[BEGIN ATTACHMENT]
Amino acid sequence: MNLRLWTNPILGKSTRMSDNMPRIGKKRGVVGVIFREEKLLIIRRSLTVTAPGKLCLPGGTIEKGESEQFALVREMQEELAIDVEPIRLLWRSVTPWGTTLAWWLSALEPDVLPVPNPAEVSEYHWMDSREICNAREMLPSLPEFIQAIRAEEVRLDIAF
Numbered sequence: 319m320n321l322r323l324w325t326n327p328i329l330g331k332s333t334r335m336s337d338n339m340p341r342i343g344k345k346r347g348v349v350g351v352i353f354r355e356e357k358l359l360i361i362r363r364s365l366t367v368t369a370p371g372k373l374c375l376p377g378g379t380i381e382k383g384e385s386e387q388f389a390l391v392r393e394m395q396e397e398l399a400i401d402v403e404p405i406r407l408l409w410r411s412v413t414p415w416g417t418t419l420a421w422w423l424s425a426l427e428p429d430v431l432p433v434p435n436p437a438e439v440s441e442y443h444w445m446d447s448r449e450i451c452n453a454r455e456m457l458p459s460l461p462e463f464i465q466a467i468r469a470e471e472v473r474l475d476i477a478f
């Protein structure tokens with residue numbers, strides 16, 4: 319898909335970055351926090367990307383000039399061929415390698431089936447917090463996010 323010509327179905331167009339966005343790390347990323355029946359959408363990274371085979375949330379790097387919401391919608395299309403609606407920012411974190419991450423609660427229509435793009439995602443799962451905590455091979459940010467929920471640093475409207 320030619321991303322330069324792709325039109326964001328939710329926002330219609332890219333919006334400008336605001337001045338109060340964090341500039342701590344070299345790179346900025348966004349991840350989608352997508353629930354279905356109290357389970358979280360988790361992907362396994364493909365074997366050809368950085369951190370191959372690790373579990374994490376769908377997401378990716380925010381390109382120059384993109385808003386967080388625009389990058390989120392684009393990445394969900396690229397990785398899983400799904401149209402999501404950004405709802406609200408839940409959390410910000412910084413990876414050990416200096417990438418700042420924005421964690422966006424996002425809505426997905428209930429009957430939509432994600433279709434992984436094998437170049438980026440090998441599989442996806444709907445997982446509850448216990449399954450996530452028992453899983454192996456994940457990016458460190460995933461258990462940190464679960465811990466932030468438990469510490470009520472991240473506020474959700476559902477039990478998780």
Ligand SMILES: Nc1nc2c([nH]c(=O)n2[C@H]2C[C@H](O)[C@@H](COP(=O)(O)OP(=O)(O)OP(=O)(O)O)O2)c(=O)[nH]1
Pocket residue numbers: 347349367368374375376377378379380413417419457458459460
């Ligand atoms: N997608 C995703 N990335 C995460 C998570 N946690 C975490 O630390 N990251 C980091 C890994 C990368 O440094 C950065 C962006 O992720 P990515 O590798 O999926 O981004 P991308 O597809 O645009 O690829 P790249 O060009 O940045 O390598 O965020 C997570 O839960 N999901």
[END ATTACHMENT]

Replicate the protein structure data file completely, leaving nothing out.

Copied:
Amino acid sequence: MNLRLWTNPILGKSTRMSDNMPRIGKKRGVVGVIFREEKLLIIRRSLTVTAPGKLCLPGGTIEKGESEQFALVREMQEELAIDVEPIRLLWRSVTPWGTTLAWWLSALEPDVLPVPNPAEVSEYHWMDSREICNAREMLPSLPEFIQAIRAEEVRLDIAF
Numbered sequence: 319m320n321l322r323l324w325t326n327p328i329l330g331k332s333t334r335m336s337d338n339m340p341r342i343g344k345k346r347g348v349v350g351v352i353f354r355e356e357k358l359l360i361i362r363r364s365l366t367v368t369a370p371g372k373l374c375l376p377g378g379t380i381e382k383g384e385s386e387q388f389a390l391v392r393e394m395q396e397e398l399a400i401d402v403e404p405i406r407l408l409w410r411s412v413t414p415w416g417t418t419l420a421w422w423l424s425a426l427e428p429d430v431l432p433v434p435n436p437a438e439v440s441e442y443h444w445m446d447s448r449e450i451c452n453a454r455e456m457l458p459s460l461p462e463f464i465q466a467i468r469a470e471e472v473r474l475d476i477a478f
């Protein structure tokens with residue numbers, strides 16, 4: 319898909335970055351926090367990307383000039399061929415390698431089936447917090463996010 323010509327179905331167009339966005343790390347990323355029946359959408363990274371085979375949330379790097387919401391919608395299309403609606407920012411974190419991450423609660427229509435793009439995602443799962451905590455091979459940010467929920471640093475409207 320030619321991303322330069324792709325039109326964001328939710329926002330219609332890219333919006334400008336605001337001045338109060340964090341500039342701590344070299345790179346900025348966004349991840350989608352997508353629930354279905356109290357389970358979280360988790361992907362396994364493909365074997366050809368950085369951190370191959372690790373579990374994490376769908377997401378990716380925010381390109382120059384993109385808003386967080388625009389990058390989120392684009393990445394969900396690229397990785398899983400799904401149209402999501404950004405709802406609200408839940409959390410910000412910084413990876414050990416200096417990438418700042420924005421964690422966006424996002425809505426997905428209930429009957430939509432994600433279709434992984436094998437170049438980026440090998441599989442996806444709907445997982446509850448216990449399954450996530452028992453899983454192996456994940457990016458460190460995933461258990462940190464679960465811990466932030468438990469510490470009520472991240473506020474959700476559902477039990478998780």
Ligand SMILES: Nc1nc2c([nH]c(=O)n2[C@H]2C[C@H](O)[C@@H](COP(=O)(O)OP(=O)(O)OP(=O)(O)O)O2)c(=O)[nH]1
Pocket residue numbers: 347349367368374375376377378379380413417419457458459460
């Ligand atoms: N997608 C995703 N990335 C995460 C998570 N946690 C975490 O630390 N990251 C980091 C890994 C990368 O440094 C950065 C962006 O992720 P990515 O590798 O999926 O981004 P991308 O597809 O645009 O690829 P790249 O060009 O940045 O390598 O965020 C997570 O839960 N999901």